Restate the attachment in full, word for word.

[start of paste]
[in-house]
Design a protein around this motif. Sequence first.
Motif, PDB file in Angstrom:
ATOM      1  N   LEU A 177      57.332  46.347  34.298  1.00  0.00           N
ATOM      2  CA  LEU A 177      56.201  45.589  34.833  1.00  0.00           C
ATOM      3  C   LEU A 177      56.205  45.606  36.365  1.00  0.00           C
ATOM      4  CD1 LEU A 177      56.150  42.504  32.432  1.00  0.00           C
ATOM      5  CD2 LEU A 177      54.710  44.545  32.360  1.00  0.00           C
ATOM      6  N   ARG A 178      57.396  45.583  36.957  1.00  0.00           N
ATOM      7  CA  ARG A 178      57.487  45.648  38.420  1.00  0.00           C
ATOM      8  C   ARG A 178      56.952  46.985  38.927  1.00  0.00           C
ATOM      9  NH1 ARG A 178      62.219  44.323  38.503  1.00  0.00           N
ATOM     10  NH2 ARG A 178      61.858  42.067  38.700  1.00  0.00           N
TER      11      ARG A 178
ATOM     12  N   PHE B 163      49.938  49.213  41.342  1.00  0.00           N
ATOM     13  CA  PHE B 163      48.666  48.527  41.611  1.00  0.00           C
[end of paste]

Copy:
[in-house]
Design a protein around this motif. Sequence first.
Motif, PDB file in Angstrom:
ATOM      1  N   LEU A 177      57.332  46.347  34.298  1.00  0.00           N
ATOM      2  CA  LEU A 177      56.201  45.589  34.833  1.00  0.00           C
ATOM      3  C   LEU A 177      56.205  45.606  36.365  1.00  0.00           C
ATOM      4  CD1 LEU A 177      56.150  42.504  32.432  1.00  0.00           C
ATOM      5  CD2 LEU A 177      54.710  44.545  32.360  1.00  0.00           C
ATOM      6  N   ARG A 178      57.396  45.583  36.957  1.00  0.00           N
ATOM      7  CA  ARG A 178      57.487  45.648  38.420  1.00  0.00           C
ATOM      8  C   ARG A 178      56.952  46.985  38.927  1.00  0.00           C
ATOM      9  NH1 ARG A 178      62.219  44.323  38.503  1.00  0.00           N
ATOM     10  NH2 ARG A 178      61.858  42.067  38.700  1.00  0.00           N
TER      11      ARG A 178
ATOM     12  N   PHE B 163      49.938  49.213  41.342  1.00  0.00           N
ATOM     13  CA  PHE B 163      48.666  48.527  41.611  1.00  0.00           C